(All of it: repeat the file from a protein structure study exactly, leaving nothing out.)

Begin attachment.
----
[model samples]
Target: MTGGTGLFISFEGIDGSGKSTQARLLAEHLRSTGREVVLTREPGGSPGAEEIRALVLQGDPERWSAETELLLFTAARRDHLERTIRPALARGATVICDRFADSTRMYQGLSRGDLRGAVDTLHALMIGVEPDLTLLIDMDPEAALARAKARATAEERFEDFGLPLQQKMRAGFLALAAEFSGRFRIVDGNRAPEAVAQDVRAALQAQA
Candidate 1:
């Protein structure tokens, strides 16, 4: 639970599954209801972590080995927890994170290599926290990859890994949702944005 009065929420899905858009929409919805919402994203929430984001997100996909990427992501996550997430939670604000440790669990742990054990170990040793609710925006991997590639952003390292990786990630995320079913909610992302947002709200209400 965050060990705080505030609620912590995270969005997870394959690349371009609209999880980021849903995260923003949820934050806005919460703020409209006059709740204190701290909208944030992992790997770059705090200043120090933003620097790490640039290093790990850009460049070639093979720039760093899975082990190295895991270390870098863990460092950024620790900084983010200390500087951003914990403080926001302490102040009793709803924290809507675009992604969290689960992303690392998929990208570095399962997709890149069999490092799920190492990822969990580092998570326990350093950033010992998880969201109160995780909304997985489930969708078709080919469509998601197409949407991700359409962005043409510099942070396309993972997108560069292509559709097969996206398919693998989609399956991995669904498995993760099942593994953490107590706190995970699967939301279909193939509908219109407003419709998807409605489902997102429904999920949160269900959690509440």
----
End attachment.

[model samples]
Target: MTGGTGLFISFEGIDGSGKSTQARLLAEHLRSTGREVVLTREPGGSPGAEEIRALVLQGDPERWSAETELLLFTAARRDHLERTIRPALARGATVICDRFADSTRMYQGLSRGDLRGAVDTLHALMIGVEPDLTLLIDMDPEAALARAKARATAEERFEDFGLPLQQKMRAGFLALAAEFSGRFRIVDGNRAPEAVAQDVRAALQAQA
Candidate 1:
């Protein structure tokens, strides 16, 4: 639970599954209801972590080995927890994170290599926290990859890994949702944005 009065929420899905858009929409919805919402994203929430984001997100996909990427992501996550997430939670604000440790669990742990054990170990040793609710925006991997590639952003390292990786990630995320079913909610992302947002709200209400 965050060990705080505030609620912590995270969005997870394959690349371009609209999880980021849903995260923003949820934050806005919460703020409209006059709740204190701290909208944030992992790997770059705090200043120090933003620097790490640039290093790990850009460049070639093979720039760093899975082990190295895991270390870098863990460092950024620790900084983010200390500087951003914990403080926001302490102040009793709803924290809507675009992604969290689960992303690392998929990208570095399962997709890149069999490092799920190492990822969990580092998570326990350093950033010992998880969201109160995780909304997985489930969708078709080919469509998601197409949407991700359409962005043409510099942070396309993972997108560069292509559709097969996206398919693998989609399956991995669904498995993760099942593994953490107590706190995970699967939301279909193939509908219109407003419709998807409605489902997102429904999920949160269900959690509440």